Iris Mor, Former Editor of Haaretz Culture Section, Dies at 65

The 'mother of contemporary cultural journalism' spent 14 years as the editor of Haaretz's Hebrew-language Galeria section

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Iris Mor in 2009.
Iris Mor in 2009.Credit: David Bachar

Iris Mor, who edited Haaretz’s Galeria section for 14 years from 1994 to 2008, died Tuesday night at the age of 65 after a long battle with illness.

Mor, who spent the last five years as director of the Tel Aviv municipality’s culture department, is survived by her husband and two children. The funeral will be Wednesday at 5:30 P.M. at the alternative cemetery in Kibbutz Givat Brenner.

Born and raised in Tel Aviv, Mor began her journalism career young: In her teens, she helped found the youth newspaper Naashush. After her army service, she began working at Haaretz, first as a reporter and then as an editor. She later studied philosophy at Tel Aviv University and then got a master’s in philosophy and film from York University in Toronto.

After returning to Israel in 1983, she went to work for the now defunct daily Al Hamishmar. She later became deputy editor of the local paper Ha’ir, which she helped make into Israel’s leading local, one that both reflected and dictated Tel Aviv’s cultural moods.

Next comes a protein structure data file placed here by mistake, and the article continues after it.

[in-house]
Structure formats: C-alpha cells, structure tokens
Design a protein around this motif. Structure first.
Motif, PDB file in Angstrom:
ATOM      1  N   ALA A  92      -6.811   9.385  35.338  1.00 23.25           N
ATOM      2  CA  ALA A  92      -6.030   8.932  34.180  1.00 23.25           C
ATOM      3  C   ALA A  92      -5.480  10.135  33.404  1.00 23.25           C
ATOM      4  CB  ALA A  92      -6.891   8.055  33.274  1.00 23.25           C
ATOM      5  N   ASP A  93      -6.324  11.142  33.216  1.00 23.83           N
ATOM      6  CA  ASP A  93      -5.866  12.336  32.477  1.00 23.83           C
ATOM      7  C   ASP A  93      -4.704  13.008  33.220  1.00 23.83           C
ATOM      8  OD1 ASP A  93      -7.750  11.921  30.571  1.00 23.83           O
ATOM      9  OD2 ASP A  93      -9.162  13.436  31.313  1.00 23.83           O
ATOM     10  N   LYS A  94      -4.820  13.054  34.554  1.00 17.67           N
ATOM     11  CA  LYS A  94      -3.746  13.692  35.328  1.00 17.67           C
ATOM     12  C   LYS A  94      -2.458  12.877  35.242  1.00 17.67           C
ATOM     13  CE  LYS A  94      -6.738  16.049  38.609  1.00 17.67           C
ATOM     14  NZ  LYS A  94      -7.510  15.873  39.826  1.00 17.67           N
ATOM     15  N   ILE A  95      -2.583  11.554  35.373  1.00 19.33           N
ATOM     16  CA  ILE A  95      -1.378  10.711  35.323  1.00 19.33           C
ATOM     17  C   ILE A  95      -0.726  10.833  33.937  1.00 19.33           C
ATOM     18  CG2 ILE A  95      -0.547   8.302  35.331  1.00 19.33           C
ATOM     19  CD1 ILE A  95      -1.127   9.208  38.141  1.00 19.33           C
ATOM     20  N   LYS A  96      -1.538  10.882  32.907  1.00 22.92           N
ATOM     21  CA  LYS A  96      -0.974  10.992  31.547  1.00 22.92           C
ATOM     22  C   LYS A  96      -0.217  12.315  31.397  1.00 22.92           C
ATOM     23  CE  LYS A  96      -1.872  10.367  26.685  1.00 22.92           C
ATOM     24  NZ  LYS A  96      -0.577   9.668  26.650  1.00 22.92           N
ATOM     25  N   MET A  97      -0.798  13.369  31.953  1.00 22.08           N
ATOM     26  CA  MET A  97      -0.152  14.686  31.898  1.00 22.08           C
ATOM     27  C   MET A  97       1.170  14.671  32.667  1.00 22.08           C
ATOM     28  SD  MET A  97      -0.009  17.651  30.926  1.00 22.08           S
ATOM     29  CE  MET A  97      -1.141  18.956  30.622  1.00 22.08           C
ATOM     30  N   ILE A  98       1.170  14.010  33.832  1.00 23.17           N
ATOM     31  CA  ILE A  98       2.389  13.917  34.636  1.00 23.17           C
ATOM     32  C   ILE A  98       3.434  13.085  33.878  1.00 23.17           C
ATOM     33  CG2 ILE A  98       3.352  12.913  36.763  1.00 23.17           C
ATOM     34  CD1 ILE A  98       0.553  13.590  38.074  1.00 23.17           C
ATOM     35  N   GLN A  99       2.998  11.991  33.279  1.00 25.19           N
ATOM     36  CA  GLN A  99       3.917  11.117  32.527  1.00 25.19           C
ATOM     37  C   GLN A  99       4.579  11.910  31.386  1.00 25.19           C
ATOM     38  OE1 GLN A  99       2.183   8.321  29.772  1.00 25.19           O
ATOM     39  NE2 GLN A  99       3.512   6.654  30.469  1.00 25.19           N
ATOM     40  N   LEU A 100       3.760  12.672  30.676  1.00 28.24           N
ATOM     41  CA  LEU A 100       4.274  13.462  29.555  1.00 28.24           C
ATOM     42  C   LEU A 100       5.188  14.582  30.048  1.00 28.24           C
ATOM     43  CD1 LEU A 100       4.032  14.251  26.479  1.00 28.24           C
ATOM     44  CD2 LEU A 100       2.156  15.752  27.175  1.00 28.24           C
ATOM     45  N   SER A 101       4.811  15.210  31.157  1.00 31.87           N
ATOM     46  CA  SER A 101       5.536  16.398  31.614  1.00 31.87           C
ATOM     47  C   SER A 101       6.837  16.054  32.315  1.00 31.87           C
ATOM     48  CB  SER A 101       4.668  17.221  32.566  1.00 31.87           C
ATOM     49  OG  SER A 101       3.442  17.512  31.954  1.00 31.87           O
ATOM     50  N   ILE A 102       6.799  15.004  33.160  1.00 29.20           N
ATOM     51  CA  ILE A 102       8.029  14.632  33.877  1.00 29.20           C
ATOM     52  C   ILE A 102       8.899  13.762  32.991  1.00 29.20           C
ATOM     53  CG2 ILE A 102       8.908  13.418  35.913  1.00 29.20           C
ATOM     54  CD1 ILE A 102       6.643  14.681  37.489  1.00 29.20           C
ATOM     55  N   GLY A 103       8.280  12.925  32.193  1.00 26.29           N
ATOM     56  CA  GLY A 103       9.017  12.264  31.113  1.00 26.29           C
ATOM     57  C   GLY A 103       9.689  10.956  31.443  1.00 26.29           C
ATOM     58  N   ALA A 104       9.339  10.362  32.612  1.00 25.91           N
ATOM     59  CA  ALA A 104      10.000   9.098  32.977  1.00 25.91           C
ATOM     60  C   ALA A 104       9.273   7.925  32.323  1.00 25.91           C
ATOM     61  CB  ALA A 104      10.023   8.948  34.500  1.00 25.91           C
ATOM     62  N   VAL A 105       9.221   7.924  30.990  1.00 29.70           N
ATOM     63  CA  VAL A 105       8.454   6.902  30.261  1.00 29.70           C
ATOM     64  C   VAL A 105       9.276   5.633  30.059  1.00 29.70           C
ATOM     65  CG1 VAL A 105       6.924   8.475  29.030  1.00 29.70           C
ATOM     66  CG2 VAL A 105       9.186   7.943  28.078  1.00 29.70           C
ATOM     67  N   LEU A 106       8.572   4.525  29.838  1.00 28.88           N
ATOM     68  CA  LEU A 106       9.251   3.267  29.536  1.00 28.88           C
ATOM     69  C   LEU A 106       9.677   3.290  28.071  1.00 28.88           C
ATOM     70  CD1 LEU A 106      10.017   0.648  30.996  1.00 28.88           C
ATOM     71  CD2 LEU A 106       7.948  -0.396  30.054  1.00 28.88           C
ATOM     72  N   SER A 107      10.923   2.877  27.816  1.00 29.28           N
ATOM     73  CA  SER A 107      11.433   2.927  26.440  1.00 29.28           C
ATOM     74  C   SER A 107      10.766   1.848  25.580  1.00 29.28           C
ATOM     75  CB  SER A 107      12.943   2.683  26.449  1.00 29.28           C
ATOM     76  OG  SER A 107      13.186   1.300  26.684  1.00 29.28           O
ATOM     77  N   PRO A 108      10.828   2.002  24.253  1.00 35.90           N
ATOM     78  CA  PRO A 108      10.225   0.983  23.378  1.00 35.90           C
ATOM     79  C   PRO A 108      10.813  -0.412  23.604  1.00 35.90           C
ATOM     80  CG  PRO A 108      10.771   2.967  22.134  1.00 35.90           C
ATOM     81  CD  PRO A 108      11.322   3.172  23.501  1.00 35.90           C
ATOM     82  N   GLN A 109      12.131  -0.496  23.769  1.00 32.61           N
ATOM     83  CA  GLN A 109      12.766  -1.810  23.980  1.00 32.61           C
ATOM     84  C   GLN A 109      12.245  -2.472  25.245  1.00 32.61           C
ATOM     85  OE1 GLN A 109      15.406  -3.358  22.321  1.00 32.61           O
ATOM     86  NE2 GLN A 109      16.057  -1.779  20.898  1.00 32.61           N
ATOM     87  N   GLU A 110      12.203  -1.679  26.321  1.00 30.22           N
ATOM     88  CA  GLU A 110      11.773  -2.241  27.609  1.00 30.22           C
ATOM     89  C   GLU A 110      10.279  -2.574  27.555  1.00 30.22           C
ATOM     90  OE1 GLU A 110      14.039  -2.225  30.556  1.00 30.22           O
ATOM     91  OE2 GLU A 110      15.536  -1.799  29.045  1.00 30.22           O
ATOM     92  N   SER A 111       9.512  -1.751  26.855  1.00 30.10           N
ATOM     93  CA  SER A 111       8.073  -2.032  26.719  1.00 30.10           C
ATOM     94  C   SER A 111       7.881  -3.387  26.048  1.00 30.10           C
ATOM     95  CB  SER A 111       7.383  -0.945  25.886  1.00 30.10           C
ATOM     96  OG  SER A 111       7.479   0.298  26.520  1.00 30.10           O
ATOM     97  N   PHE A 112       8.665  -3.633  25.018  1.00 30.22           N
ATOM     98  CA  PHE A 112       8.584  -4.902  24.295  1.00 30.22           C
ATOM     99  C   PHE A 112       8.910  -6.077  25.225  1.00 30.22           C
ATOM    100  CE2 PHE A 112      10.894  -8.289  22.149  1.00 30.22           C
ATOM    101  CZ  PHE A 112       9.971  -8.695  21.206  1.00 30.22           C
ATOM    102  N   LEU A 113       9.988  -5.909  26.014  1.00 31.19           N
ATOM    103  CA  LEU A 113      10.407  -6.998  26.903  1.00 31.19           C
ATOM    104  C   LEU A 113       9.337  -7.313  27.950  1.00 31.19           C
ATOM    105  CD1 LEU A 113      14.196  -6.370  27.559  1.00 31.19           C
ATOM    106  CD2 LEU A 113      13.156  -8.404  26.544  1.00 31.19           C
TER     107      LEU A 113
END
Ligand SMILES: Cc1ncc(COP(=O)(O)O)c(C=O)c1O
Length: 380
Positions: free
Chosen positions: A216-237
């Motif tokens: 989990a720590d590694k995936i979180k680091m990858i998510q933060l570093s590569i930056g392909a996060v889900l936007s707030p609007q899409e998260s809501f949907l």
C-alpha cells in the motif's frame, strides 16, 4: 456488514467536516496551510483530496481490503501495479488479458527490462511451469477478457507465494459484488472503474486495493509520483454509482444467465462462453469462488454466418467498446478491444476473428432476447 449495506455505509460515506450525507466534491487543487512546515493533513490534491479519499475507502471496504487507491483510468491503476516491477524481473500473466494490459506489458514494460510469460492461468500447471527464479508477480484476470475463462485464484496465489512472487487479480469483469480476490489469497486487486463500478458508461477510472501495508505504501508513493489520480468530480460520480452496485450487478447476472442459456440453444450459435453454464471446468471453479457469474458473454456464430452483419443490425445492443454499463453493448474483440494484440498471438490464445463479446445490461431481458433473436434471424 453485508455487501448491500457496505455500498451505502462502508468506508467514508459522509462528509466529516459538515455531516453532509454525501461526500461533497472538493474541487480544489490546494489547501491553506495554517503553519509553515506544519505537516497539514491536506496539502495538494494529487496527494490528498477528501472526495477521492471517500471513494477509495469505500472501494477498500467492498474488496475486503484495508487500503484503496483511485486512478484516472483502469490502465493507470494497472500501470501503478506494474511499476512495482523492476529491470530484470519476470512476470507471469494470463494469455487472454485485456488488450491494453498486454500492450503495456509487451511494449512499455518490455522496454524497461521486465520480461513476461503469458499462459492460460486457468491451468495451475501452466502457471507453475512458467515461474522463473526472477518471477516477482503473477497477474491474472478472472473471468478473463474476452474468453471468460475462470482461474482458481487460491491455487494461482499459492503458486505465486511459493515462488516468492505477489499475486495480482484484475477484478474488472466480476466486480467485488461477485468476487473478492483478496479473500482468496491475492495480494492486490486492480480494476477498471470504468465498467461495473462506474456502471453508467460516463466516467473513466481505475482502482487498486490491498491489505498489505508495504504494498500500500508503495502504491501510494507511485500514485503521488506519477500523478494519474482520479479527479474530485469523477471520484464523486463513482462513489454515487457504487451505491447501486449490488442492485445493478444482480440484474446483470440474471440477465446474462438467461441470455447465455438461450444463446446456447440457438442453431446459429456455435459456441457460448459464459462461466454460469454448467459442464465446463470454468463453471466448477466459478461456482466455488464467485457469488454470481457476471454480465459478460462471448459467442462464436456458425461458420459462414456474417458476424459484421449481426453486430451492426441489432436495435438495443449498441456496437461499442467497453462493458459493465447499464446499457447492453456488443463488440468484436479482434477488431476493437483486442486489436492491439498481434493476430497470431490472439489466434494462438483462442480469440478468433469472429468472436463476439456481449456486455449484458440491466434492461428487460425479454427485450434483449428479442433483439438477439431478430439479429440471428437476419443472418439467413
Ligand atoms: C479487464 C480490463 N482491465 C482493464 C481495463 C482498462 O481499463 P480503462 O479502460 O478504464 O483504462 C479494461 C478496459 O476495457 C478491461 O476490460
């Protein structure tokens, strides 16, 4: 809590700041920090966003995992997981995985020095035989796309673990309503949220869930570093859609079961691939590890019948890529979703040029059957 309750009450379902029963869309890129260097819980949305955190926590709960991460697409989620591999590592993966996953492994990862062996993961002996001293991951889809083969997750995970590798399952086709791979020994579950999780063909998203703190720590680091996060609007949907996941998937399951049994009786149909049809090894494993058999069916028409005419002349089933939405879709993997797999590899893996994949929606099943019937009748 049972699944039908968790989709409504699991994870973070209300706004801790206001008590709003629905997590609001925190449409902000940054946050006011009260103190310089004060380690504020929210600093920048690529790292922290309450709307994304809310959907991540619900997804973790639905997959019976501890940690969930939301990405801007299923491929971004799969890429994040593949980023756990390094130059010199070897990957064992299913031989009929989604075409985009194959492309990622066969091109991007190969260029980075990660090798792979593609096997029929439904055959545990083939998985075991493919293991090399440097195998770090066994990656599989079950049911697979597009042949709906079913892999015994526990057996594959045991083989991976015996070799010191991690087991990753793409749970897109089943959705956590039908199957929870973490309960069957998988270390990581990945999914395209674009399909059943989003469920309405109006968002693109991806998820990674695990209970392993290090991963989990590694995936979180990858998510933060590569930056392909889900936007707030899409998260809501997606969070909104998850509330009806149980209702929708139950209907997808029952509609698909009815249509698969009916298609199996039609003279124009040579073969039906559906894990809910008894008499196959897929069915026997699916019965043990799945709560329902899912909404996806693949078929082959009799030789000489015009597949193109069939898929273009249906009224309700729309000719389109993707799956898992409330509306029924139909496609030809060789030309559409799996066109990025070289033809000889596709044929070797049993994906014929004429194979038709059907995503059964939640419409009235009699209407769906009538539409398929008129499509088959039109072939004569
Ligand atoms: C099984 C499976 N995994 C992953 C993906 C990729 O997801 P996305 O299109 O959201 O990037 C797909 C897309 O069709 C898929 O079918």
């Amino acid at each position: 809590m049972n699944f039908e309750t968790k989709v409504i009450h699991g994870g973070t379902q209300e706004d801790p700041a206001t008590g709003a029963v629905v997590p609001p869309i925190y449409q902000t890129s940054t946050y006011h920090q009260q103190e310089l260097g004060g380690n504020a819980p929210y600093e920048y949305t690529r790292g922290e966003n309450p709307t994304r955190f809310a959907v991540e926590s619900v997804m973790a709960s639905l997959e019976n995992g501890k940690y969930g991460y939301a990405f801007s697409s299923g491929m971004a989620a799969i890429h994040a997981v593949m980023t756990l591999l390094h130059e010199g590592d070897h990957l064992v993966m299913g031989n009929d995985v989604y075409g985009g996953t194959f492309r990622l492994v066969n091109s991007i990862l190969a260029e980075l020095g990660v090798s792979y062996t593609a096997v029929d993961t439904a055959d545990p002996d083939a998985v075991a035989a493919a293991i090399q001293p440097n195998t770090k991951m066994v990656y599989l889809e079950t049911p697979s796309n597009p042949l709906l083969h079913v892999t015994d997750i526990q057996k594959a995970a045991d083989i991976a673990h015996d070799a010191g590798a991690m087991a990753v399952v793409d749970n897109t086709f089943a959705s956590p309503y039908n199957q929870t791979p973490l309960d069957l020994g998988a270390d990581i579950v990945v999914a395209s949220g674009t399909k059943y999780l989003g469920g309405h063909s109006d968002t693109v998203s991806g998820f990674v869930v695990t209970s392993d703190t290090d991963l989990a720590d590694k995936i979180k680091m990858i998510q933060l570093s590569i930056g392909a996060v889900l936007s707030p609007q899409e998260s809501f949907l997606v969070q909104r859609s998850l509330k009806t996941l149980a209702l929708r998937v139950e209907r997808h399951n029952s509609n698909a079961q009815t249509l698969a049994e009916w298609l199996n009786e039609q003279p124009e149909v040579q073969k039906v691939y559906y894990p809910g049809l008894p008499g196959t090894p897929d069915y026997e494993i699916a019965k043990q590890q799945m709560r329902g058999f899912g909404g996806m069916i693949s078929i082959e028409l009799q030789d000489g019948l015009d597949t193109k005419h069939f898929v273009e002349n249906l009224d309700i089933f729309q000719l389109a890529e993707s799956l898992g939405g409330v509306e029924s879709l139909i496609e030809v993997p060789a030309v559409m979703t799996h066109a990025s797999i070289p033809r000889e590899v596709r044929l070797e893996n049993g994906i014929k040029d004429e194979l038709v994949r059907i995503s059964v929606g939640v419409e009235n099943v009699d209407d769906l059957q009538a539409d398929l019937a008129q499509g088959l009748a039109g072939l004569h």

From Ha’ir, Mor moved to Hadashot, where she edited the culture section and founded a daily magazine. She remained there until that paper closed in 1993.

The following year she returned to Haaretz as editor of the Hebrew-language Galeria section, which she turned into a daily supplement that also appeared in the weekend edition. She is widely credited with making Galeria a significant player in Israel’s cultural world.

In 2008, Mor left Haaretz to become editor-in-chief of the Keter publishing house. She stayed there for four years before becoming director of Tel Aviv’s municipal culture department.

“Iris Mor ultimately was Haaretz’s Galeria,” the paper’s former editor-in-chief, Hanoch Marmari, who worked with her for years, said in a radio interview. “She left her mark with her love of culture. In a sense, she’s the founding mother of contemporary cultural journalism.”

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